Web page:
Women in Kids’ Lit. — Books on Hinduism

by Vicki Garlock on March 9, 2018

We hope you’re enjoying this week’s posts on women authors/illustrators who write kids books about the world’s faith traditions. So far, we’ve shared kids books about Islam, Buddhism, and Judaism. Today, we’ll focus on Hinduism.

Hindu storybooks generally focus on one of three topics: 1) popular Hindu holidays, 2) various Hindu deities, and 3) tales of the Panchatantra. A decade ago, it was pretty difficult to find good kids books about Hinduism, but that is no longer the case.

Hindu Holidays
We’ll start with Hindu holidays. For many people, the first two that come to mind are Holi — the spring festival when colored powders are strewn through the air — and Diwali — the fall festival of lights. There are over half-a-dozen books about Holi, and over a dozen books on Diwali, and nearly all of them were authored (and in many cases, illustrated) by women. Ajanta Chakraborty has written a series of holiday books that celebrate the holy days observed in various faith traditions (including Islam and Sikhism) in India. Her Hindu-related books include Let’s Celebrate Holi and Let’s Celebrate 5 Days of Diwali. Bhakti Mathur is another well-known female author of Indian/Hindu books. Her “Amma, Tell Me About” series includes Amma, Tell Me About Holi and Amma, Tell Me About Diwali. Both series are geared to kids in the preschool and lower elementary years. They are informative and fun and keep kids engaged with great illustrations. We also really like The Diwali Gift (3 Curious Monkeys, 2015) by woman author, Shweta Chopra and woman illustrator, Shuchi Mehta.

Deity Stories
The Hindu tradition is also chock full of deities, although what people believe, how they celebrate, and the relative importance of any single deity all vary according to geographical region, school of thought, and preferred religious practices. Many Westerners have at least heard of the Hindu Trimurti of Brahma (Creator), Shiva (Destroyer), and Vishnu (Preserver) and/or the elephant-headed god, Ganesh (Remover of Obstacles). Other legendary deities, like Rama and Krishna, are also somewhat familiar to Westerners. And then there are the various Hindu goddesses, like Lakshmi, Parvarti, Durga, and Kali. All of these characters (and more!) are the heroes and heroines of countless Hindu tales that have been passed down from generation to generation. Recently, they have been turned into colorful books for kids.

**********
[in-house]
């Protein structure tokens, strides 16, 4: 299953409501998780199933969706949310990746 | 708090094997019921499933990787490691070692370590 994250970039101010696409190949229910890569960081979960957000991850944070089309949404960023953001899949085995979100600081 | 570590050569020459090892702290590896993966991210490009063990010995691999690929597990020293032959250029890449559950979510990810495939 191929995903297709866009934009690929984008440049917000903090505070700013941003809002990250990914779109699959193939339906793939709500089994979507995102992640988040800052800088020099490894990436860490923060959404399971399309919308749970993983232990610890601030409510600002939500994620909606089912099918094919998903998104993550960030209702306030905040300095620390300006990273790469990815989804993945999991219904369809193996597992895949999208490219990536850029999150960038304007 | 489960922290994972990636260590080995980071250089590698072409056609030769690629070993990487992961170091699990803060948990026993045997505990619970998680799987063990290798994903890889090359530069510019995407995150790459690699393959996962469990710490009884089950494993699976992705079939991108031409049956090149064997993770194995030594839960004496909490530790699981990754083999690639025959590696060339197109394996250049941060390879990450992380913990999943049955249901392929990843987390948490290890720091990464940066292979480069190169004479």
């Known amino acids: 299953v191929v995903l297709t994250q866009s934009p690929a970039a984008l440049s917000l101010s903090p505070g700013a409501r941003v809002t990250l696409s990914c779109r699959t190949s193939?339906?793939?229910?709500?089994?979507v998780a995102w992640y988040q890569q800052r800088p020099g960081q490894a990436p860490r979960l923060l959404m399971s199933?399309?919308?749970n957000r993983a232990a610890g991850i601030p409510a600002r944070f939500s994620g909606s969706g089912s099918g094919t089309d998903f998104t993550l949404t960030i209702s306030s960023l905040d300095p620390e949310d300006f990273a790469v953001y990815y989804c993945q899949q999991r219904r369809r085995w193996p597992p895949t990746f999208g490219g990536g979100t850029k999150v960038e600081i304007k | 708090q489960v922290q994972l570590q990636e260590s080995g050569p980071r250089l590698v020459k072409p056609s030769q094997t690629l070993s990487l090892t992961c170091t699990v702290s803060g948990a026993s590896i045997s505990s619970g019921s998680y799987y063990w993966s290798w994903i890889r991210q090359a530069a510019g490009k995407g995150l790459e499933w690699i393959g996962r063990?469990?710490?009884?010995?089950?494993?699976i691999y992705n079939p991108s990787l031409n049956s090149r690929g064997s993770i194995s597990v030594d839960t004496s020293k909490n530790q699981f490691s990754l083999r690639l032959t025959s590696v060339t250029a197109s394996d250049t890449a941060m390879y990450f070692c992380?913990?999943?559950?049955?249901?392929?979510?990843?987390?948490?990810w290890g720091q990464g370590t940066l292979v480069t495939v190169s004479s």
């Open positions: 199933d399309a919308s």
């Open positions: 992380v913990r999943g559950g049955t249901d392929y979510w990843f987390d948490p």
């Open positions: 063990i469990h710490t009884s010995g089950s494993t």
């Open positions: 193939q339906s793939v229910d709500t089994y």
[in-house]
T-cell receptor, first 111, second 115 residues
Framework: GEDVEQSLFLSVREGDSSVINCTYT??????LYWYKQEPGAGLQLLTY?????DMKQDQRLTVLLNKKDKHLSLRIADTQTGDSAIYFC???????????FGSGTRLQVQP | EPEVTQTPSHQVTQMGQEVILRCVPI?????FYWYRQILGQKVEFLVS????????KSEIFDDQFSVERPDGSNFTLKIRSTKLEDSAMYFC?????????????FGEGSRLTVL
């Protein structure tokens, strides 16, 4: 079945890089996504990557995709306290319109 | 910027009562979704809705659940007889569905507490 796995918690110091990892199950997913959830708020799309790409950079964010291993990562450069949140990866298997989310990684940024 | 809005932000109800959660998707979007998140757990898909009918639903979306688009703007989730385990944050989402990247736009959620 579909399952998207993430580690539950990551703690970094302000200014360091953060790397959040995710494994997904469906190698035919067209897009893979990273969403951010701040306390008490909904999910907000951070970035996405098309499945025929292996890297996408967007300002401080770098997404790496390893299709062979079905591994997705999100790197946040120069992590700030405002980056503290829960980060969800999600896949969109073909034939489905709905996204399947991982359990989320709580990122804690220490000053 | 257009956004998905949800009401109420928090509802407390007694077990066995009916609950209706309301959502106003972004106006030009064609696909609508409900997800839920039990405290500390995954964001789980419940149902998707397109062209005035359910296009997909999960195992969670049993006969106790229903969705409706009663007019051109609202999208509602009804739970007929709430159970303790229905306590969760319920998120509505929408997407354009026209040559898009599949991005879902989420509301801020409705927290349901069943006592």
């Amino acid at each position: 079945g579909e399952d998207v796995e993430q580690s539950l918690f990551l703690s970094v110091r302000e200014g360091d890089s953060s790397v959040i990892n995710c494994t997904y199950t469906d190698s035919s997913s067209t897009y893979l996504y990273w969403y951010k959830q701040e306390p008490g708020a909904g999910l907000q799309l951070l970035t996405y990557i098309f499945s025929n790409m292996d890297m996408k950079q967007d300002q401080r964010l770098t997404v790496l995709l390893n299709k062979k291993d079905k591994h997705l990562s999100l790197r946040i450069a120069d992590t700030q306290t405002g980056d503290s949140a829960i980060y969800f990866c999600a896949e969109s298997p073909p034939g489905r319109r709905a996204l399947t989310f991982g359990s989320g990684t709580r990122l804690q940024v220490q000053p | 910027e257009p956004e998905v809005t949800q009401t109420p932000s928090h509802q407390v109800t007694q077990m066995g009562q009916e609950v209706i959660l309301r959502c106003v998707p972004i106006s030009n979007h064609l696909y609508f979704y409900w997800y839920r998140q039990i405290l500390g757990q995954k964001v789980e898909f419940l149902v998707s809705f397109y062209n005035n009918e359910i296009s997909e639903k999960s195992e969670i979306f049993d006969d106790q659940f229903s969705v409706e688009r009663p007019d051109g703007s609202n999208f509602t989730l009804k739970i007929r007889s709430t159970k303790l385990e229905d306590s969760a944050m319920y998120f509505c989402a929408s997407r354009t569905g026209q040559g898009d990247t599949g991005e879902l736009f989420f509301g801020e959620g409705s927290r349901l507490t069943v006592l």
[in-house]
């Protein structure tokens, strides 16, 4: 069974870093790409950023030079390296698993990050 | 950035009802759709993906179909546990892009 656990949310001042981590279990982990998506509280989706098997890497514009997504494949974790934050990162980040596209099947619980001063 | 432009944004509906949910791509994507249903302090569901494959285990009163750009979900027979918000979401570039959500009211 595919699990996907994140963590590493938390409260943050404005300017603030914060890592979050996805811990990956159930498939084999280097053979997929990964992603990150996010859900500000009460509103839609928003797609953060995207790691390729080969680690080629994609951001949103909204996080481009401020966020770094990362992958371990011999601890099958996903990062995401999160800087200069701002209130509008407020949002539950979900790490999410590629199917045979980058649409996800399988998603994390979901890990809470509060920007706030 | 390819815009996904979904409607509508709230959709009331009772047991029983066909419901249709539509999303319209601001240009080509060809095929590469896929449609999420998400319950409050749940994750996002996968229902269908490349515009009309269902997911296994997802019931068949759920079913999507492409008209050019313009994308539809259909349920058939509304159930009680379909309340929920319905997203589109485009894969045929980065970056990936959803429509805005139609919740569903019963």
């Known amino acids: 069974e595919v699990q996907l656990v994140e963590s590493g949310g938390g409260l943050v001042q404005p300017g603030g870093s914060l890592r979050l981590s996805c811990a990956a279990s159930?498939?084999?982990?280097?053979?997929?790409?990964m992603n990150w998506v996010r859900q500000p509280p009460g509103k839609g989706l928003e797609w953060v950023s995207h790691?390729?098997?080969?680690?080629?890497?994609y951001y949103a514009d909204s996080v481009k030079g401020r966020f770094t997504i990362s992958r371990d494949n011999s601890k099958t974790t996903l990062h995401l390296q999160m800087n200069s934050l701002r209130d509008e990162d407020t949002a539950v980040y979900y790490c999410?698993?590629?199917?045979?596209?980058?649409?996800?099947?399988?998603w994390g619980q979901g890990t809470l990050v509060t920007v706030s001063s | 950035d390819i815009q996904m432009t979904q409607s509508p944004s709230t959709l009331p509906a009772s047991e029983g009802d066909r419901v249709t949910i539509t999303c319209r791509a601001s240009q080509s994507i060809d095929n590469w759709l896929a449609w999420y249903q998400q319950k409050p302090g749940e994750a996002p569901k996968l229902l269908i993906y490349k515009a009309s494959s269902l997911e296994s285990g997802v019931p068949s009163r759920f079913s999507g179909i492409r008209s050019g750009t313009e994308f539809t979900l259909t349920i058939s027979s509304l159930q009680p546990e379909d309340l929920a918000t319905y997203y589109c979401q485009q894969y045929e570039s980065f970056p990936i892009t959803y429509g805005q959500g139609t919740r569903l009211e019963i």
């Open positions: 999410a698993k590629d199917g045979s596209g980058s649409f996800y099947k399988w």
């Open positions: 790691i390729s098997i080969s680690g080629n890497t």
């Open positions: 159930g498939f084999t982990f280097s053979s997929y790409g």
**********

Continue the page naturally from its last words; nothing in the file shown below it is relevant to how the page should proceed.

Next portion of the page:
Two of our favorites deity books were penned by Divya Jain, who writes stories in both English and Hindi. Her first book is Incarnations of Lord Vishnu (Unicorn Books, 2009) which tells about Vishnu’s various earthly appearances. In Tales of Hindu Gods and Goddesses (Unicorn Books, 2010), Jain shares a classic story for 10 different Hindu deities. Educational and easy-to-read with color illustrations, Jain does a great job of capturing the magic and mystery of these ancient stories while making them accessible to Western sensibilities. Hindu Stories by Anita Ganeri (auth.) and Carole Gray (illus.) (Evans Brothers Limited, 2006) is also a great option for additional stories about various Hindu beliefs and deities.

Some books focus on a single deity. Krishna is a particularly popular deity with kids because he was a mischievous child, himself. Good books about the legends associated with him include The Magical Adventures of Krishna by woman author Vatsala Sperling (Bear Cub Books, 2009). It has beautiful illustrations, but since it’s really one long story about Krishna’s life, you might need to read it a little at a time for kids. The Fantastic Adventures of Krishna by Demi (Wisdom Tales, 2013), who writes books across the faith traditions, is shorter and could be read to kids in a single sitting.

Tales of the Panchatantra
These tales, whose primary characters are animals with human traits, are part of the Indian indigenous tradition and are probably some of the oldest fables in the world. The tales were passed down orally for generations before migrating across the globe. Over the centuries, they have been translated, edited, and morphed to adapt to the cultural literature of new times and distant places. For example, some scholars think the tales of the Panchatantra served as the basis for Aesop’s fables.

A great collection of tales can be found in The Panchatantra: Wisdom for Today from the Timeless Classic by Sunita Parasuraman (JAICO, 2011). Most of the 52 stories are relatively short (1-4 pages long), but there are no illustrations.

Many of these tales can also be found on line. We really like Top 25 Panchatantra Stories for Kids by Sagari Gongala found on the mega site Mom Junction. All 25 short tales, along with their associated illustrations, are found on a single web page, so it takes a while for it to load. The stories are quite short (just a few paragraphs), however, so you can read several in a single sitting.

Hinduism, as a culture and religion, can be difficult for Westerners to grasp, but these kids stories will give both you, and your children, a great start!

Thanks for reading this week’s series on kids’ books!

 

 

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